Hoping From Ignorance

People vary greatly in their beliefs about the ongoing destruction of the ecosystem and the future of our species.

Optimists point out that humans are extremely adaptable, and have managed to live in a wide variety of climates; from this the optimists conclude that a few people will survive no matter what. The “mainstream” news focuses on flooded coastal cities in the year 2100, but that suggests we still have plenty of time to move inland.

Pessimists talk about the tipping points, feedback loops, and cascading failures, which are about to speed up the destruction enormously. (That’s understated in the “mainstream” news.) Some predictions include food shortages by 2023 and human extinction by 2026. Guy McPherson, one of the most famous pessimists, preaches a philosophy of hospice: As we’re all about to die, let’s try to be nice to one another; hug your kids.

Uncertainty lies between the extremes, and it is necessary for action. After all, if you’re quite certain that we’re going to survive or quite certain that we’re not going to survive, then you needn’t bother to try to affect the outcome. You might as well just sit in the bleachers, eat popcorn, and watch as events unfold. But if you’re uncertain, then you might believe that your efforts might make a difference.

The word “hope” has taken on two entirely different, nearly opposite meanings:

  • Anti-hope people define “hope” to be the belief that someone else will fix things somehow. This kind of hope is a justification for inaction. Therefore hope is the enemy; it must be abolished.
  • Pro-hope people define “hope” to be the belief that our efforts have some possibility of success, that we might be able to fix things somehow. This kind of hope is a justification for action. Therefore hope is something we need; it must be encouraged.

Personally, I am uncertain, but hopeful in the pro-hope sense of the word. I apply that to all of us. We are all called upon to act, to do what we can, to help out our species in this time of need.

I am a pessimist, though an uncertain one. I read about the tipping points, feedback loops, and cascading failures; our chances do not look good. Where do I find any hope? Ironically, I find it in our ignorance. Look around, and it’s clear that most of us probably will live at least a few more months, and possibly a few more years. And we do not know, and cannot know, what the biologists and engineers are about to discover in those few months or years. Perhaps they’ll discover a way to save us. Probably not, but it’s possible.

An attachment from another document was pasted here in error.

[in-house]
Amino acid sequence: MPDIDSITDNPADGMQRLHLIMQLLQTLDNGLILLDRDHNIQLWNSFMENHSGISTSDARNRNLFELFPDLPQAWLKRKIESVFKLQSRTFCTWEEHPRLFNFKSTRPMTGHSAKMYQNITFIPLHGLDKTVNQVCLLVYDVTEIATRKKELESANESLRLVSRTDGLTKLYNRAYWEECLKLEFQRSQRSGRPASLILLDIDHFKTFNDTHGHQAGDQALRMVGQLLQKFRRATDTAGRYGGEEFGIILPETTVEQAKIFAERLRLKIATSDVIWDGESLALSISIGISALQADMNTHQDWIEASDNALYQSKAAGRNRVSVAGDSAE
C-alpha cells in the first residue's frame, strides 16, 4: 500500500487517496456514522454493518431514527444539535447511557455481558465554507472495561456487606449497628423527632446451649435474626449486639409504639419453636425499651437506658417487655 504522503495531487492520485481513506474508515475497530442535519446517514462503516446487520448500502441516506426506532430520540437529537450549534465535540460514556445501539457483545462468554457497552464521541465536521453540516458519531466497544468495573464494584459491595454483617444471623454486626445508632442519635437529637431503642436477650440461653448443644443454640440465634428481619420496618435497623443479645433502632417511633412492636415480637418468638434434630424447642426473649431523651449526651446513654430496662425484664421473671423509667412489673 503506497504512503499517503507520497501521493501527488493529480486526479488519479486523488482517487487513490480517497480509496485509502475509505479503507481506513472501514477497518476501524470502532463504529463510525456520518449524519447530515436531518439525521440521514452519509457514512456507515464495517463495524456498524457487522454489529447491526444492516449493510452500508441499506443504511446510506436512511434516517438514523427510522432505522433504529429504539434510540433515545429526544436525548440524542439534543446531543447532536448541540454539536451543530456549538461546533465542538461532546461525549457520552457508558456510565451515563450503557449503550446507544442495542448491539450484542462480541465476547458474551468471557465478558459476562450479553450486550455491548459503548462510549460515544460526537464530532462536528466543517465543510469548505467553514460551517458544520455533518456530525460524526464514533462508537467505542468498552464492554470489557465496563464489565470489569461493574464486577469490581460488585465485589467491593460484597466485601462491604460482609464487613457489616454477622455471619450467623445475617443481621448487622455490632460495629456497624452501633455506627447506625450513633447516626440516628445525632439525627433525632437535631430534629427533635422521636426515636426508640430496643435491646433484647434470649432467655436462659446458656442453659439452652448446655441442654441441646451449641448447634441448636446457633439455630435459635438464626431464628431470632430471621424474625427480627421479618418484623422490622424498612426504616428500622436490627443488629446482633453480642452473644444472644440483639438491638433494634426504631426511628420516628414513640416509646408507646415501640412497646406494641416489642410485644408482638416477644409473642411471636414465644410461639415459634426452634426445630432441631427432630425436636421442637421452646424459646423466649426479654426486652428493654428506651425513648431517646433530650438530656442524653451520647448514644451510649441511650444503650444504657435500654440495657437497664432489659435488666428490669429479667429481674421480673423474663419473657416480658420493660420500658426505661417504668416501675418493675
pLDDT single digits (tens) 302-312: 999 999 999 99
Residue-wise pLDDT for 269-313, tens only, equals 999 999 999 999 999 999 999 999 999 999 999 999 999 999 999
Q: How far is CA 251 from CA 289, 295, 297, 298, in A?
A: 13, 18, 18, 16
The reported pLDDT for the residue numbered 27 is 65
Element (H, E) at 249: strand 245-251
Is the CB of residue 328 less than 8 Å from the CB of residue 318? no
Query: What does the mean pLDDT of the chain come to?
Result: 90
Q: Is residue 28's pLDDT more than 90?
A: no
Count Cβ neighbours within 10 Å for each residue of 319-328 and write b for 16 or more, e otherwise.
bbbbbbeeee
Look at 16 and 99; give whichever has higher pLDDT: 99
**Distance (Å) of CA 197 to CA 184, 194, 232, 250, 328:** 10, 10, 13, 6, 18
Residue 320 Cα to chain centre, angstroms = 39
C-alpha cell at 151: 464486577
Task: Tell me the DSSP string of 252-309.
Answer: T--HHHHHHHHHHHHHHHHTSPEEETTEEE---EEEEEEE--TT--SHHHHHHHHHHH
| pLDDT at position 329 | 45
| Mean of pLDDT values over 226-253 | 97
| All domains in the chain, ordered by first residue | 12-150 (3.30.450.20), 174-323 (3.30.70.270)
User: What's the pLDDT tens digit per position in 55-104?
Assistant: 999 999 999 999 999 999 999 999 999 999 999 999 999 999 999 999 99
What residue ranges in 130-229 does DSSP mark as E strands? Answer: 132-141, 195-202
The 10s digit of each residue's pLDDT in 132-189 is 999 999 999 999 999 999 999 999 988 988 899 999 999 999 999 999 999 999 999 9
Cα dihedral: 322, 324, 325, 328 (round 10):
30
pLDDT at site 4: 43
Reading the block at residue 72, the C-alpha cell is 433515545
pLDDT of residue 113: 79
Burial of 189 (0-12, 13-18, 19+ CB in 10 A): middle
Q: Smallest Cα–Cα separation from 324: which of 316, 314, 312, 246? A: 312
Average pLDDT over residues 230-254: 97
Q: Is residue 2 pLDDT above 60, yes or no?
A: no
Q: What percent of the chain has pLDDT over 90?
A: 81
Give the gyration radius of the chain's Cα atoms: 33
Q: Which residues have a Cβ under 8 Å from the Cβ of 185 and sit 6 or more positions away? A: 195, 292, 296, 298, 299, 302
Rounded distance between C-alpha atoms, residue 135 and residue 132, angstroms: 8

But most of us are not biologists or engineers. What is this “action” that we are “all called upon” to take? I would suggest three kinds of political actions:

1. Obviously, campaign for more research funding for the biologists and engineers.

2. Join one of the many organizations of climate activists. Campaign for the things they’ve been campaigning for. Phase out fossil fuels. Switch to a vegan diet. Stop repairing roads, and build mass transit instead. More mirrors and white paint. End the military, which has an enormous carbon footprint. And so on. Do not be fooled by greenwashing, i.e., corporate money-making schemes made to look like they will help sustainability.

3. We’ve been campaigning for decades, but it’s falling on deaf ears. Governments are consistently doing too little, too late. That’s because they keep taking bribes from the fossil fuel industry. The rich and powerful are quite mad: They cannot plan for the future, because they must compete against each other for the short-term private profits keeping them in power for another day. Gilens and Page proved statistically that, regardless of elections, government policies follow the wishes of the rich. Money finds its way through or around legislation as surely as water finds a path down a hill. We will only end rule by the wealthy class when we no longer have a wealthy class; that will require a different economic system. Thus, I am convinced that to save our species, we must END CAPITALISM, and to do that we must spread an understanding of the need to end capitalism.

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2022 Nov 18, version 3.03. (Original version July 2022.)







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